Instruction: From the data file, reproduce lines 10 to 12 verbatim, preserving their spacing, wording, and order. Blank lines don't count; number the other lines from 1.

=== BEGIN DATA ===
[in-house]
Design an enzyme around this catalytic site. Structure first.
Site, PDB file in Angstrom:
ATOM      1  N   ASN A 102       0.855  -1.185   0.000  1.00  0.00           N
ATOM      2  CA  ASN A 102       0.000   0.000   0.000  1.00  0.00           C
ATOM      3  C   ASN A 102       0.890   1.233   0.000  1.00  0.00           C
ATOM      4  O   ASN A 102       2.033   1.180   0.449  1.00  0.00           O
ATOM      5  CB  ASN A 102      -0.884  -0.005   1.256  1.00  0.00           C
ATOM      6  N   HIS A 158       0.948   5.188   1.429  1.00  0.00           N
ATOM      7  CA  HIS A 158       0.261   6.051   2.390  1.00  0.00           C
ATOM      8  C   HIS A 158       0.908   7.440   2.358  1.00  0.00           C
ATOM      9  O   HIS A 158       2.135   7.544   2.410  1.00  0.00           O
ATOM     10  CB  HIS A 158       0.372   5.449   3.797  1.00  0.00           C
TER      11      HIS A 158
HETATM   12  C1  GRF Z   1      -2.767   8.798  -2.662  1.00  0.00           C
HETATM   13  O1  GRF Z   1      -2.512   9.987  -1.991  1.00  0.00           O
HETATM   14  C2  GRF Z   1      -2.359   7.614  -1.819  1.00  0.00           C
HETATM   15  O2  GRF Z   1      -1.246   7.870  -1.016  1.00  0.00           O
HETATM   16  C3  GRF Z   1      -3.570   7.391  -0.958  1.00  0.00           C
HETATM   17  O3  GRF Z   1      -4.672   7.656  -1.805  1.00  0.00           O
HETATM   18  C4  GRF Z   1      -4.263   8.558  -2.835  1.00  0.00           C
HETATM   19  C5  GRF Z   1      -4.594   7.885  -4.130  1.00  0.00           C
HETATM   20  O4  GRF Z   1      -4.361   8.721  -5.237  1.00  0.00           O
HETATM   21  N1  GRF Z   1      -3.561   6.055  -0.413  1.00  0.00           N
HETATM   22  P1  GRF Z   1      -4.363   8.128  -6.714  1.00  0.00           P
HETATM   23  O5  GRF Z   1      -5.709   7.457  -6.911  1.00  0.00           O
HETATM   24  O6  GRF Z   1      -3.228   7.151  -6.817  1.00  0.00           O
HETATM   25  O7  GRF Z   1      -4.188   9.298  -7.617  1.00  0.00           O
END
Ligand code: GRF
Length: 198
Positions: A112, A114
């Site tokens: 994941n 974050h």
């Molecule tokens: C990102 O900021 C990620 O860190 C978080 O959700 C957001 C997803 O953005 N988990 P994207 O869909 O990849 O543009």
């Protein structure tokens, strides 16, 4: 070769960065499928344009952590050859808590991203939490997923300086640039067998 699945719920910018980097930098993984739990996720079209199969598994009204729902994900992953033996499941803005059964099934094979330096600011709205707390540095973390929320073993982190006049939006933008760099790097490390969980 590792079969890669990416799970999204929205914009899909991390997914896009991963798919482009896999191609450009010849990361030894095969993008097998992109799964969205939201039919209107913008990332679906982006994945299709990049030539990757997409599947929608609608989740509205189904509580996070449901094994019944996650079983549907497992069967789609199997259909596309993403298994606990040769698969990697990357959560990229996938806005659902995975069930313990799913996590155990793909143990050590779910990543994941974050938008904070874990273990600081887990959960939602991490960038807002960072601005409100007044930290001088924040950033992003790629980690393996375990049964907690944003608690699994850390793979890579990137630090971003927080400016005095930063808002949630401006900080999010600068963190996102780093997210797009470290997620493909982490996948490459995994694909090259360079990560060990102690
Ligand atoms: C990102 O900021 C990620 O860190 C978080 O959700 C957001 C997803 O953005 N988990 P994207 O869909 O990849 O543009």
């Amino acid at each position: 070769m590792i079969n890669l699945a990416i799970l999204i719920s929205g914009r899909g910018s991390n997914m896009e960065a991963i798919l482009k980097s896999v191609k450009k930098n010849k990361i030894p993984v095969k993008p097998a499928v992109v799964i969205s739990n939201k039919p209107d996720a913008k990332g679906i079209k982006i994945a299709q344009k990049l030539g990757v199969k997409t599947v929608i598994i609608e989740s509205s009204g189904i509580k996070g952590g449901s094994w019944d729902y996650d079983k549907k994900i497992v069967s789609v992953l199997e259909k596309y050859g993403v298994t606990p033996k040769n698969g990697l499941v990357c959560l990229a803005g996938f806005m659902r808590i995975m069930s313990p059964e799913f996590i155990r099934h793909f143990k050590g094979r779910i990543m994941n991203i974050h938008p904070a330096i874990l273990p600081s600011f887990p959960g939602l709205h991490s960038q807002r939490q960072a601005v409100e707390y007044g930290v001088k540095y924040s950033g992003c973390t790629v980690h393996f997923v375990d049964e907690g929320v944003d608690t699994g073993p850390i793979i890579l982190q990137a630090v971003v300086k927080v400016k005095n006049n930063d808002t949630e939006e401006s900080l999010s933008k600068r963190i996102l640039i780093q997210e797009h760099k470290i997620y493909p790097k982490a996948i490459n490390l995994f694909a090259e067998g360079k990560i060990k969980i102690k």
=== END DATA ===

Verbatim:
ATOM      7  CA  HIS A 158       0.261   6.051   2.390  1.00  0.00           C
ATOM      8  C   HIS A 158       0.908   7.440   2.358  1.00  0.00           C
ATOM      9  O   HIS A 158       2.135   7.544   2.410  1.00  0.00           O